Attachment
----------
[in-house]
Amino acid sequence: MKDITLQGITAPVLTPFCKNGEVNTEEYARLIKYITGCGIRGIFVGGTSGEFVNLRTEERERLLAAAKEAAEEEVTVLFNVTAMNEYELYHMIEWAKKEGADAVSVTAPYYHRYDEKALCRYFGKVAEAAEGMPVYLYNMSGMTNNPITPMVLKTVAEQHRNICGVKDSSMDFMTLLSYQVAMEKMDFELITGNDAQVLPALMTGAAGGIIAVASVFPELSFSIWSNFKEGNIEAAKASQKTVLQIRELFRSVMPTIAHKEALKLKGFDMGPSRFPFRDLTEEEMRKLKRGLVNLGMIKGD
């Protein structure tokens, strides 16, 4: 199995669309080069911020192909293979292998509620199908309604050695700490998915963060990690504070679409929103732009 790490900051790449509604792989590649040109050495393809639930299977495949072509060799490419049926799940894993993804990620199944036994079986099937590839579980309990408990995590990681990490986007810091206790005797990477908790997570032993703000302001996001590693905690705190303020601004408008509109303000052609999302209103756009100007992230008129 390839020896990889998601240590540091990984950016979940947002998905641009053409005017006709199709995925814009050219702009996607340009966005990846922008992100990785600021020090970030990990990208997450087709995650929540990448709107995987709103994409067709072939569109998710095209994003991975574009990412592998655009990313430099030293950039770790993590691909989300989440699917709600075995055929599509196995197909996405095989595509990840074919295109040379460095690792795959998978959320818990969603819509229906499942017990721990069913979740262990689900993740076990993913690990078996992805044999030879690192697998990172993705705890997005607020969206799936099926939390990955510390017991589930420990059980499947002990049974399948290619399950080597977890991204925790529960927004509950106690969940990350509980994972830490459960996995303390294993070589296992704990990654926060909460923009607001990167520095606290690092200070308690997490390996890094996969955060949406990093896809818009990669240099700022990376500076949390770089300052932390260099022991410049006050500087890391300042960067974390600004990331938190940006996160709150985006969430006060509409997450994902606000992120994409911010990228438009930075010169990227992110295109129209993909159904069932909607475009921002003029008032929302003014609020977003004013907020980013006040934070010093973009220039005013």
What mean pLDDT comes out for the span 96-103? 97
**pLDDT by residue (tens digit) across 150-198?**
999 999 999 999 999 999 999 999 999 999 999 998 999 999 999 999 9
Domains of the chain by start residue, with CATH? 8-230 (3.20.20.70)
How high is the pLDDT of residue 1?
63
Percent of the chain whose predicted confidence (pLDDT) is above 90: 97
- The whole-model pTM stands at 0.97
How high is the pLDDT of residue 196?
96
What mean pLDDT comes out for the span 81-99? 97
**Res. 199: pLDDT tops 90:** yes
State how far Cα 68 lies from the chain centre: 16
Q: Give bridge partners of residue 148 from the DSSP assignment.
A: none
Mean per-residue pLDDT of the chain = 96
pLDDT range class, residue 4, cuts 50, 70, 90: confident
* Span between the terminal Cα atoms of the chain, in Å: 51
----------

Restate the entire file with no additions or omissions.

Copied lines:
[in-house]
Amino acid sequence: MKDITLQGITAPVLTPFCKNGEVNTEEYARLIKYITGCGIRGIFVGGTSGEFVNLRTEERERLLAAAKEAAEEEVTVLFNVTAMNEYELYHMIEWAKKEGADAVSVTAPYYHRYDEKALCRYFGKVAEAAEGMPVYLYNMSGMTNNPITPMVLKTVAEQHRNICGVKDSSMDFMTLLSYQVAMEKMDFELITGNDAQVLPALMTGAAGGIIAVASVFPELSFSIWSNFKEGNIEAAKASQKTVLQIRELFRSVMPTIAHKEALKLKGFDMGPSRFPFRDLTEEEMRKLKRGLVNLGMIKGD
């Protein structure tokens, strides 16, 4: 199995669309080069911020192909293979292998509620199908309604050695700490998915963060990690504070679409929103732009 790490900051790449509604792989590649040109050495393809639930299977495949072509060799490419049926799940894993993804990620199944036994079986099937590839579980309990408990995590990681990490986007810091206790005797990477908790997570032993703000302001996001590693905690705190303020601004408008509109303000052609999302209103756009100007992230008129 390839020896990889998601240590540091990984950016979940947002998905641009053409005017006709199709995925814009050219702009996607340009966005990846922008992100990785600021020090970030990990990208997450087709995650929540990448709107995987709103994409067709072939569109998710095209994003991975574009990412592998655009990313430099030293950039770790993590691909989300989440699917709600075995055929599509196995197909996405095989595509990840074919295109040379460095690792795959998978959320818990969603819509229906499942017990721990069913979740262990689900993740076990993913690990078996992805044999030879690192697998990172993705705890997005607020969206799936099926939390990955510390017991589930420990059980499947002990049974399948290619399950080597977890991204925790529960927004509950106690969940990350509980994972830490459960996995303390294993070589296992704990990654926060909460923009607001990167520095606290690092200070308690997490390996890094996969955060949406990093896809818009990669240099700022990376500076949390770089300052932390260099022991410049006050500087890391300042960067974390600004990331938190940006996160709150985006969430006060509409997450994902606000992120994409911010990228438009930075010169990227992110295109129209993909159904069932909607475009921002003029008032929302003014609020977003004013907020980013006040934070010093973009220039005013």
What mean pLDDT comes out for the span 96-103? 97
**pLDDT by residue (tens digit) across 150-198?**
999 999 999 999 999 999 999 999 999 999 999 998 999 999 999 999 9
Domains of the chain by start residue, with CATH? 8-230 (3.20.20.70)
How high is the pLDDT of residue 1?
63
Percent of the chain whose predicted confidence (pLDDT) is above 90: 97
- The whole-model pTM stands at 0.97
How high is the pLDDT of residue 196?
96
What mean pLDDT comes out for the span 81-99? 97
**Res. 199: pLDDT tops 90:** yes
State how far Cα 68 lies from the chain centre: 16
Q: Give bridge partners of residue 148 from the DSSP assignment.
A: none
Mean per-residue pLDDT of the chain = 96
pLDDT range class, residue 4, cuts 50, 70, 90: confident
* Span between the terminal Cα atoms of the chain, in Å: 51